Lessons to Learn

Saying “Yes” to God When Our Flesh Says “No”

As believers, we are commanded to pray unceasingly. We pray for so many reasons, praising God for His blessings and mercy and asking for provision, health, and protection for ourselves and others. This week, I prayed a prayer for guidance. I asked God what He wanted me to do in a certain situation, and my mind was filled with possibilities. None of them, however, involved the actual answer I received. I guess I just assumed that He would pick one of the many options I had come up with in my mind, kind of like multiple choice. They were plans that didn’t cost me anything. They were all of benefit to me. But His idea was a painful one, at least for my flesh. It made me think of the many characters in the Bible who started by saying “no” but ended up saying “yes” to God.

Moses Didn’t Want To Go to Pharaoh

When God met Moses at the burning bush in Exodus 3, He laid out His plan for the mass departure of the Israelites from Egyptian captivity. Moses never actually said “no,” but he sure had a lot of questions. “Who am I to do this?” “What should I tell them?” “What if they won’t believe me?” God had firm, logical answers for all of his questions, but that didn’t stop Moses from trying two more times to get God to change his mind. “But I’m not a good speaker,” he tried. And then came his final plea: “Please. Just send somebody else!” (Exodus 4:13).

The Lesson From Moses

Sometimes God asks us to do things that we don’t feel qualified to do. From the natural, we don’t have the talent or the strength. There are lots of “what ifs” that can crowd our minds, but the lesson here is that God has everything under control. He has chosen each of us for the work we are here to do and will give us the tools to do it. There’s the old saying that “God doesn’t call the qualified, He qualifies the called.” God gave Moses everything he needed to complete the job before him. He was patient with Moses in his questions and his fears, but at the end of the conversation in Exodus 4, the matter was settled, and Moses was on his way to Egypt.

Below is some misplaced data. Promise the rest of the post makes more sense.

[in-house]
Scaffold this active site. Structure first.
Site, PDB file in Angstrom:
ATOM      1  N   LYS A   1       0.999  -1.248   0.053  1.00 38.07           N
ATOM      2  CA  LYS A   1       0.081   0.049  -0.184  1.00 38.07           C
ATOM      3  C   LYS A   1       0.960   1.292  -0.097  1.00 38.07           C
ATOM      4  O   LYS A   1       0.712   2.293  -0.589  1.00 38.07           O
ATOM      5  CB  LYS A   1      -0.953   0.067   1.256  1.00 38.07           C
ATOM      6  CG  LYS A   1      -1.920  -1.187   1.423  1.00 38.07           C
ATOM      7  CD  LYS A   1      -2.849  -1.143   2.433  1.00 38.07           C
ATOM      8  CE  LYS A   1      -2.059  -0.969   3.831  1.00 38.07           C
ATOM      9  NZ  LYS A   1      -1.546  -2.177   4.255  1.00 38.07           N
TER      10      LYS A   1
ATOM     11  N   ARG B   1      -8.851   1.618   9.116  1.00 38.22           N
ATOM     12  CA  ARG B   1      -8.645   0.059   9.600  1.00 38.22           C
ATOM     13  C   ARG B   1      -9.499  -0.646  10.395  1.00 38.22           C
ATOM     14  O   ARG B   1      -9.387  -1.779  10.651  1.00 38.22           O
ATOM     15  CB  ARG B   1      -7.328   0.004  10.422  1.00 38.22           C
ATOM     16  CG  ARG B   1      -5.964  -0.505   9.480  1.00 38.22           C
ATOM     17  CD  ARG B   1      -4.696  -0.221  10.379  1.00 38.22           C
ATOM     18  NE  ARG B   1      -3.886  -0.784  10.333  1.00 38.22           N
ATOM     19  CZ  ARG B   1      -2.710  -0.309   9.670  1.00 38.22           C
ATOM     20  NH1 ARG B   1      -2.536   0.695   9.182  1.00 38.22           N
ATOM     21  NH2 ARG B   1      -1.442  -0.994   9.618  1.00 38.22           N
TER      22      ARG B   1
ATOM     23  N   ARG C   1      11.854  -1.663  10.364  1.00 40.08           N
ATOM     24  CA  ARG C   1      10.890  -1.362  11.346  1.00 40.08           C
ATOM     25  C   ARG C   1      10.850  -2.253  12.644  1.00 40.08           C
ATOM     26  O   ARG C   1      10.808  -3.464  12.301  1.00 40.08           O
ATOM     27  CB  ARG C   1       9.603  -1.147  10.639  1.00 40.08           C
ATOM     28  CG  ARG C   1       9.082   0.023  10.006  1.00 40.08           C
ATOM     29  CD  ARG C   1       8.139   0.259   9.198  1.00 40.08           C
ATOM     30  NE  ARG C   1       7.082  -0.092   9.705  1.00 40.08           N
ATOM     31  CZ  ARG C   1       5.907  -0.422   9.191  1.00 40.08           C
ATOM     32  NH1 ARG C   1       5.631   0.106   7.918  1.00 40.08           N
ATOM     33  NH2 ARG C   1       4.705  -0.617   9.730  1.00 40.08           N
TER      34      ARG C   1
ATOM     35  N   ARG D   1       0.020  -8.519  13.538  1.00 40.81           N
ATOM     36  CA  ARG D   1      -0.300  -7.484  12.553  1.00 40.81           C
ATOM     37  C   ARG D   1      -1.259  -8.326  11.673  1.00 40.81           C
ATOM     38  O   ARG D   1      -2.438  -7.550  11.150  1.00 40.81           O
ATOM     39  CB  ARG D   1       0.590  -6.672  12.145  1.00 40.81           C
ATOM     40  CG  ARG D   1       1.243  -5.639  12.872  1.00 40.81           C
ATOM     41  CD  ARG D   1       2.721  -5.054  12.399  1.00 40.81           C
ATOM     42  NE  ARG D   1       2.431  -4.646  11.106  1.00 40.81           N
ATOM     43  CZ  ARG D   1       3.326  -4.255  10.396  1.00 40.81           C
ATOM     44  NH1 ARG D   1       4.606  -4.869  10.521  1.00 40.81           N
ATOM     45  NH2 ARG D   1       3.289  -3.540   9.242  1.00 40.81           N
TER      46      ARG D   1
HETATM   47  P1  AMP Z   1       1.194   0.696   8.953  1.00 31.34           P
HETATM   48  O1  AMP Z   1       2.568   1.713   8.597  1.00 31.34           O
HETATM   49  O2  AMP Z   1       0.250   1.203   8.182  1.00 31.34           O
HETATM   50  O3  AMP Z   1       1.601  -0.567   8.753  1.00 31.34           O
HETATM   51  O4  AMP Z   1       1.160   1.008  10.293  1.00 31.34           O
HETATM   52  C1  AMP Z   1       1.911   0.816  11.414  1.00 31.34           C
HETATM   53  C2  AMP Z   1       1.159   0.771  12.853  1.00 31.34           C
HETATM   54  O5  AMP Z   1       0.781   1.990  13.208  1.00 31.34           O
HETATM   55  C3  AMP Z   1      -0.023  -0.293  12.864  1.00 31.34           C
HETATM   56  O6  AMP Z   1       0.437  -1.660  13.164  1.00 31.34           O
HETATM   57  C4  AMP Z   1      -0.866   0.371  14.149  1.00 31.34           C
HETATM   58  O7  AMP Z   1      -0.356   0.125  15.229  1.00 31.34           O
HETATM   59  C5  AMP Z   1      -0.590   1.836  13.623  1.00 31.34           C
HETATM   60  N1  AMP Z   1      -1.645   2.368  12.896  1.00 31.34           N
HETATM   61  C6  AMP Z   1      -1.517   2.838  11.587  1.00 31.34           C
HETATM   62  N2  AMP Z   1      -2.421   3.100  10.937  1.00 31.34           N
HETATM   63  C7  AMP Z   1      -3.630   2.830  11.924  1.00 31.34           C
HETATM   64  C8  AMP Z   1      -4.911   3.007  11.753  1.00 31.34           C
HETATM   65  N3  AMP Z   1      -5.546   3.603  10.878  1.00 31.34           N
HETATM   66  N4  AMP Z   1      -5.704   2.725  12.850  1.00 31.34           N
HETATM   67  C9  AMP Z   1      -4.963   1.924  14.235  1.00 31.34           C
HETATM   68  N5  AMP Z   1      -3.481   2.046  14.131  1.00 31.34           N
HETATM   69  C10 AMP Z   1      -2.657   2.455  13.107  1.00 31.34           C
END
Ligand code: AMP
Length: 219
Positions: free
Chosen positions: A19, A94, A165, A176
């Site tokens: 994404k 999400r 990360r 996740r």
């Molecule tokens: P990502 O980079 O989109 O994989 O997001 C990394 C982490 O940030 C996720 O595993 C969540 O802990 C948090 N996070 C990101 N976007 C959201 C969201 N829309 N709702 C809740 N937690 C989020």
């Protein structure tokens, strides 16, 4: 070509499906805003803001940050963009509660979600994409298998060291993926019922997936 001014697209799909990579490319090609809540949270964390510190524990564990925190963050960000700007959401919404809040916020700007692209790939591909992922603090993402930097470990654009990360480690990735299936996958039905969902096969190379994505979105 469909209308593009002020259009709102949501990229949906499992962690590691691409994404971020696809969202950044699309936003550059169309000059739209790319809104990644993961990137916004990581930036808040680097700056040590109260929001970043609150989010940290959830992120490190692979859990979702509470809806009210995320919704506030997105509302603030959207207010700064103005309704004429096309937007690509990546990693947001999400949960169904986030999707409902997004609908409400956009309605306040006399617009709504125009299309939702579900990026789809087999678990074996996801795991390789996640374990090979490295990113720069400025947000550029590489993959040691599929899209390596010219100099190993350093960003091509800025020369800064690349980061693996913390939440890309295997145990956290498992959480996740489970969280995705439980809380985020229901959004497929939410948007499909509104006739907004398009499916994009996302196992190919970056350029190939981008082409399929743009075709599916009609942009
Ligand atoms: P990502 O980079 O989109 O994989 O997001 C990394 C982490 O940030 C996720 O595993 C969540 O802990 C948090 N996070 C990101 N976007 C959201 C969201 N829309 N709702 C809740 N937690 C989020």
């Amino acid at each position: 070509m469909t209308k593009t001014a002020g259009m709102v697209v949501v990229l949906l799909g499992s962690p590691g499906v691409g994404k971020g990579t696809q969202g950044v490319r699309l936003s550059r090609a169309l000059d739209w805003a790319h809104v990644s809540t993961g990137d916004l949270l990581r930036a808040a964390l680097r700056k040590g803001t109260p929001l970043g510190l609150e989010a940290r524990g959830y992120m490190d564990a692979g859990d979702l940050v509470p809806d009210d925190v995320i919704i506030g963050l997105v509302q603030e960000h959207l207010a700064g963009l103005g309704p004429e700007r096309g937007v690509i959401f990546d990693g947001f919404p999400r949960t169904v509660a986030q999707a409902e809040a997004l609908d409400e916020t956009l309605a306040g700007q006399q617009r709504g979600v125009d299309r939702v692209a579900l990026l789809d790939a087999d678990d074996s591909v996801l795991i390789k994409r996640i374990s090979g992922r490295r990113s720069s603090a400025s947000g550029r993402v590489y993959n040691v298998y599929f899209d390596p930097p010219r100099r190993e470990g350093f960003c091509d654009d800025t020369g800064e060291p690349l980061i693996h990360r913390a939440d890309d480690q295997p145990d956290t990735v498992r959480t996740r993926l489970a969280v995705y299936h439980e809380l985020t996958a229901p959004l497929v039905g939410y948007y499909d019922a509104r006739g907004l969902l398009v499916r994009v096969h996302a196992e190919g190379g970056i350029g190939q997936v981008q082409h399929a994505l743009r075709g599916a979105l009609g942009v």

Jonah Didn’t Want to Go to Nineveh

Unlike the questioning, pleading Moses, Jonah didn’t stick around long enough to have a discussion with God. He actually tried to run away by getting on a ship traveling the other direction. See, God was telling him to make a long, arduous journey to warn a city full of Assyrian sinners of their impending judgement. These were enemies of the Israelites and a threat to their nation. They were a wicked and idolatrous people and deserved to be judged by God. But Jonah knew that God is merciful. If the people repented, He would turn away His wrath. So Jonah ran from God in a ridiculous attempt to escape his responsibility to the God who had called him into service. One big fish and three days later, and Jonah had his attitude adjusted. Then he was on his way to Nineveh.

The Lesson From Jonah

How many people are running from their God-given calling in life? They know exactly what God is asking them to do, but for whatever reason they are delaying the inevitable. Silent watchmen, homebound missionaries, and blind-eyed evangelists dig in their heels in their determination to avoid the things they are meant to do. Jonah learned his lesson of futility the hard way, and for some, it will take a calamity to throw them back to their knees.

But even in his disobedience, God took the time to teach Jonah one more lesson in Jonah 4. He made a gourd to grow by day that gave Jonah shade. Then overnight, a worm destroyed the sheltering plant, and the sun beat down on his head so much that he wished he would die. But God reminded him that Jonah’s concern for one little plant that grew in a day was nothing to the compassion God felt for the city full of people in Nineveh. Our worlds can be very small when we focus on the things we want that are in front of our eyes. God has the world in His sights. His desire that none should perish requires his servants’ obedience to His purpose. Like Jonah, we belong to God. We are not our own and must remember compassion for others.

Naaman Didn’t Want to Wash

Naaman’s story in 2 Kings 5 is a little different. He was a commander in the Syrian army, a brave soldier who had favor with God and the king. Unfortunately, he also had a terrible disease called leprosy. He heard through an Israelite captive that there was a prophet in Samaria who could cure him, so he told the king. Immediately, King Aram sent a letter to the king of Israel, and Naaman was on his way to see Elisha with money and supplies. When he got there, Elisha sent a servant to give him the command: “Wash yourself seven times in the Jordan River, and you will be healed.”